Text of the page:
Commentary

With TV As A Rival, Can Movie Chains Gain Ground This Fall?

TV station groups have been down, but they are not out. There is hope that deregulation, new technical standards and revenues from digital TV providers will deliver sizable returns.

But for theater owners? Times may be tougher. =Even one slightly underperforming movie can make theater-owner executives shudder.

The highly anticipated return of the “Blade Runner” franchise -- “Blade Runner 2049” -- posted just $31.5 million in box office revenue this past weekend. Analysts predicted around $54 million.

All that pushed big movie theater stock prices down on Monday: AMC Entertainment lost 7.9% to $14.00, while Regal Entertainment Group sank 4.6% to $16.01, Cinemark Holdings gave up 3.8% to $36.26, and Imax was down 3.6% to $21.70.

Such findings aren't new. Poor wide-release movie openings of major films have dinged theater owners stocks before.

Longevity is the key for survival. Theaters hope a successful movie will run for at least a month or more. Four to five weeks after a film’s opening is when theaters secure the greatest percentage of box-office revenues from movie studios.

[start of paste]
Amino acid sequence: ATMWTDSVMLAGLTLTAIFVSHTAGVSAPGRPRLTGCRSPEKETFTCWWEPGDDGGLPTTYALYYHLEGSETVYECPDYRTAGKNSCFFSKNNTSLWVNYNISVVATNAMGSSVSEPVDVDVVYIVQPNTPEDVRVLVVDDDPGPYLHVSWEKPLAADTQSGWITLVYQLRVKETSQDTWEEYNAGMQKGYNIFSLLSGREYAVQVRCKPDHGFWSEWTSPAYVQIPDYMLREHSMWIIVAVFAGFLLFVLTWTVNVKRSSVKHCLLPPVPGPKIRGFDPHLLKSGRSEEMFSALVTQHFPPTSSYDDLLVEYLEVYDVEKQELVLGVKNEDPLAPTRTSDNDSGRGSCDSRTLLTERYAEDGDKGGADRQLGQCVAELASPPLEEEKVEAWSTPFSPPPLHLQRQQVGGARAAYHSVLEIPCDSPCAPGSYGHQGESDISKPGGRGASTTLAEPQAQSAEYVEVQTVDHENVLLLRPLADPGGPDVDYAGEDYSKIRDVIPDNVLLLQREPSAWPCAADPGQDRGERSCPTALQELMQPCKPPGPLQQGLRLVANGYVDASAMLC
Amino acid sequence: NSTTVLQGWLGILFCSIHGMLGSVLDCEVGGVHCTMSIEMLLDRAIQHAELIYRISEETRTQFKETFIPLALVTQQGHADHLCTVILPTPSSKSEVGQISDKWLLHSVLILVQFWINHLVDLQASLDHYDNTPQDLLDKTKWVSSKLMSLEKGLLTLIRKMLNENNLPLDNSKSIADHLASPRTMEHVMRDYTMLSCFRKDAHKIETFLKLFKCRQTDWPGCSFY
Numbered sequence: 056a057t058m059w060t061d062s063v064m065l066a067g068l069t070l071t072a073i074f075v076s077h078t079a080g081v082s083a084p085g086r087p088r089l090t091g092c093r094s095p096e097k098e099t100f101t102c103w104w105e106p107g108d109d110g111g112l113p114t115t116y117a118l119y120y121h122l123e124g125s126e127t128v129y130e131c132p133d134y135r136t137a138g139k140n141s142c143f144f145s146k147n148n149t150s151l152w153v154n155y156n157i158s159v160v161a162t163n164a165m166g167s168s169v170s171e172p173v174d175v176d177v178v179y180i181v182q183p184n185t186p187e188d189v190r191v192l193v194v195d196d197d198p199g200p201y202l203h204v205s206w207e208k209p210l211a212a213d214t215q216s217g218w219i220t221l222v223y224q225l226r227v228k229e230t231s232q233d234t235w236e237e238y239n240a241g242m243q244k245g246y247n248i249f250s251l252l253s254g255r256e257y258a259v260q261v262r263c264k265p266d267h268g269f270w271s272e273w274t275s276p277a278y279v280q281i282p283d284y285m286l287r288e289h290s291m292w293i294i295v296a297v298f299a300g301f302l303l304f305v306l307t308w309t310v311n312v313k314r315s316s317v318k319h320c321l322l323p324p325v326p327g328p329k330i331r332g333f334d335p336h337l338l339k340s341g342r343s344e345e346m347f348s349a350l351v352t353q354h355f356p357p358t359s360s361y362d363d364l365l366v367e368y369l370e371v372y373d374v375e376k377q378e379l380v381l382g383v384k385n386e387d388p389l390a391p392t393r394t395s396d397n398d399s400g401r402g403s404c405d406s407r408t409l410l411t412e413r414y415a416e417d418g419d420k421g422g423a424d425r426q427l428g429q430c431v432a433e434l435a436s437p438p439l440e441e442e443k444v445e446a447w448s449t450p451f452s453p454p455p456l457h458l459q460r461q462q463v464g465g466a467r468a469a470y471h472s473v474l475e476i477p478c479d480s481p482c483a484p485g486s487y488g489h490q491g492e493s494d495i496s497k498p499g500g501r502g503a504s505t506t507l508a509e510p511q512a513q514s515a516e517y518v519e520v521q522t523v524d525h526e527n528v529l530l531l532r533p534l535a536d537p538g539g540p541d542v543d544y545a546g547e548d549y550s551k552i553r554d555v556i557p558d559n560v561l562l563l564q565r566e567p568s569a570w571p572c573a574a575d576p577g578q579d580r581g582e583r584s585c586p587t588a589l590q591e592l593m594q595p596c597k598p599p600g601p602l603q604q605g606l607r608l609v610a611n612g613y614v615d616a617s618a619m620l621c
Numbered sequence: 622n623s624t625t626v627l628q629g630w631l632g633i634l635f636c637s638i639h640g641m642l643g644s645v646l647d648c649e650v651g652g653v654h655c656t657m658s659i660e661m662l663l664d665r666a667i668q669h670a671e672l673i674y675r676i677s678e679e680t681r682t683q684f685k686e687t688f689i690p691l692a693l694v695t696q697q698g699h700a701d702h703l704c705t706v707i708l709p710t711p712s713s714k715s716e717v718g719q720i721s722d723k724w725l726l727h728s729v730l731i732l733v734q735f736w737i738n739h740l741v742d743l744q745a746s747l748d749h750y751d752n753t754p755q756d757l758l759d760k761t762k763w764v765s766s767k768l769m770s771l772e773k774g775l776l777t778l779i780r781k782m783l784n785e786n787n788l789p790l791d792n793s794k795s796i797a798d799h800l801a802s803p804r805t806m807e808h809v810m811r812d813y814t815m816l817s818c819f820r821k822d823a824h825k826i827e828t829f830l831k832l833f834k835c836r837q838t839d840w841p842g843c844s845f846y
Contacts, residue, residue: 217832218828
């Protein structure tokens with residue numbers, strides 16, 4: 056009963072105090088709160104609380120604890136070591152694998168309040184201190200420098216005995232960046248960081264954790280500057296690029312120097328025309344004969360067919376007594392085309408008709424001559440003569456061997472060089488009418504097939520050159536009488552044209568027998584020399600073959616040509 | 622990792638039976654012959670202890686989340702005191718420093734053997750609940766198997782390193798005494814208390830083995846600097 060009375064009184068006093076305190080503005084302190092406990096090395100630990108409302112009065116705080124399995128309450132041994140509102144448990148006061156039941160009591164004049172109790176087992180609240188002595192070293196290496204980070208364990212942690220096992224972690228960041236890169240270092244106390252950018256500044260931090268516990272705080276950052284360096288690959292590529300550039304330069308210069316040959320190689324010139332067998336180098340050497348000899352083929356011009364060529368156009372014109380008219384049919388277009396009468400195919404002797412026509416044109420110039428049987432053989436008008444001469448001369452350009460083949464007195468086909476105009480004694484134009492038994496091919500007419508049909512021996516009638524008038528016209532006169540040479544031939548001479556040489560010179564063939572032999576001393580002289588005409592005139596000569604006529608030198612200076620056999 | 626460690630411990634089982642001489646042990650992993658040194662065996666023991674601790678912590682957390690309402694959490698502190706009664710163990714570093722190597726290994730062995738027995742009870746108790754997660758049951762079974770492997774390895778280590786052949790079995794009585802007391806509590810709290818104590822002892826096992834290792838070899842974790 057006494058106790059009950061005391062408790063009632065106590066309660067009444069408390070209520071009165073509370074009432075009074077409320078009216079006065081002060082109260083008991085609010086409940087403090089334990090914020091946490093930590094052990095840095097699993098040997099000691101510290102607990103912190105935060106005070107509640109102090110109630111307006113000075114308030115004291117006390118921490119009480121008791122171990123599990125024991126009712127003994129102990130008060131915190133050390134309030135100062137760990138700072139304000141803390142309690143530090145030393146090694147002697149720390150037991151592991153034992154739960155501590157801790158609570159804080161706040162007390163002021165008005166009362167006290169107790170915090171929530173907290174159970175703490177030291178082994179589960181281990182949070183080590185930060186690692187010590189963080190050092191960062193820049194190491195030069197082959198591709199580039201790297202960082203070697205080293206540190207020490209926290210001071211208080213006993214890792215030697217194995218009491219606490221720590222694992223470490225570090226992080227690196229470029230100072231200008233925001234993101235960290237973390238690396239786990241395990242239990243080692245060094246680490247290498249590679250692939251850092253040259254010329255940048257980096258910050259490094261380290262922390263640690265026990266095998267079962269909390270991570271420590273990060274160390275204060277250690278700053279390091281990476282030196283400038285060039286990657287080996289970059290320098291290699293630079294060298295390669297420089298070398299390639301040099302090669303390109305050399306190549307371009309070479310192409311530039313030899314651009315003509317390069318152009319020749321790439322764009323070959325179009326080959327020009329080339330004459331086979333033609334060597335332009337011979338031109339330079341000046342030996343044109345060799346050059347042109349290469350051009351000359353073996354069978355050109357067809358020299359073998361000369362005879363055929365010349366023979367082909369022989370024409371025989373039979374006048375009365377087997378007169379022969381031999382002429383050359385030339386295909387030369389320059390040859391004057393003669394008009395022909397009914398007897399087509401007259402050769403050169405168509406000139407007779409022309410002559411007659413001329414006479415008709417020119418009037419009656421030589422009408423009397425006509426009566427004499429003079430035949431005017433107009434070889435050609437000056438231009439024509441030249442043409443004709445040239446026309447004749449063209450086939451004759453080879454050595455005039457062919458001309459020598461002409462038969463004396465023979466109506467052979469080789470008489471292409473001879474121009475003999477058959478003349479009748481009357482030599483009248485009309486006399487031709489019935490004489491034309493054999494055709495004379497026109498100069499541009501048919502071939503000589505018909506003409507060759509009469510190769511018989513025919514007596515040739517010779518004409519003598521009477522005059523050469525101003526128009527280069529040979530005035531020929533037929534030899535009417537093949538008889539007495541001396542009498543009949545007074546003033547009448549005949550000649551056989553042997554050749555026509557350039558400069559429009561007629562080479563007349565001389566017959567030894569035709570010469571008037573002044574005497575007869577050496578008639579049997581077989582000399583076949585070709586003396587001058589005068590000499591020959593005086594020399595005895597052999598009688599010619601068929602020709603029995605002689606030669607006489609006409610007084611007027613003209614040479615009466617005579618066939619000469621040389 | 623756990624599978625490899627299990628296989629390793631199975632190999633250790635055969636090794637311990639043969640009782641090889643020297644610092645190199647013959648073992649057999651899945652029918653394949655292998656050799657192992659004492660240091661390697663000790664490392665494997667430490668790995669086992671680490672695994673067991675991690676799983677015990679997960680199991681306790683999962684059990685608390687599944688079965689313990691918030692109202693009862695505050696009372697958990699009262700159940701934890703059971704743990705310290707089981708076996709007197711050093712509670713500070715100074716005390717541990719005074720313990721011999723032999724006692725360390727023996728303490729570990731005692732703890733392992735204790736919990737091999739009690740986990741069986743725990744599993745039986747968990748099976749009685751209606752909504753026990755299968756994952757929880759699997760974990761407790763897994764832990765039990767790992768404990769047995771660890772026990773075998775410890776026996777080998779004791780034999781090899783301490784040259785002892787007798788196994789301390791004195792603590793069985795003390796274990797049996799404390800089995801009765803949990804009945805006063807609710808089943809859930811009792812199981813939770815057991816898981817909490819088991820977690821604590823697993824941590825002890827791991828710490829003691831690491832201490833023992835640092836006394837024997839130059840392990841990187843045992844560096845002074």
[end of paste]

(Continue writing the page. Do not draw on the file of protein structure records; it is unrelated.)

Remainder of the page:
Underlying much of this revenue decline is a greater worry for theater owners -- a sizable portion of customers want to see newer theatrical movies at home, on ever-bigger TV screens, via new digital direct platforms.

These realities come as the movie industry posted its worse summer selling period in 25 years in terms of attendance. Plus, summer box-office revenue was down 15%. Specifically, AMC is down 57% for the year; Regal is off 22%, and Imax has given up 30%.

However, for many there is a significant upside. The movie industry now moves heartily into October, sitting between the biggest selling times of the year, the summer and holiday periods.

What is coming? Big adventure movies, such as “Star Wars: The Last Jedi.” In addition, there are other big fantasy-themed, comic-book hero efforts, including “Thor: Ragnorak” and “Justice League.”

Can blockbusters turn around an anticipated 5% decline in box-office revenues for all of 2017? Expect your favorite spacecraft to travel at modest sub-warp speeds.

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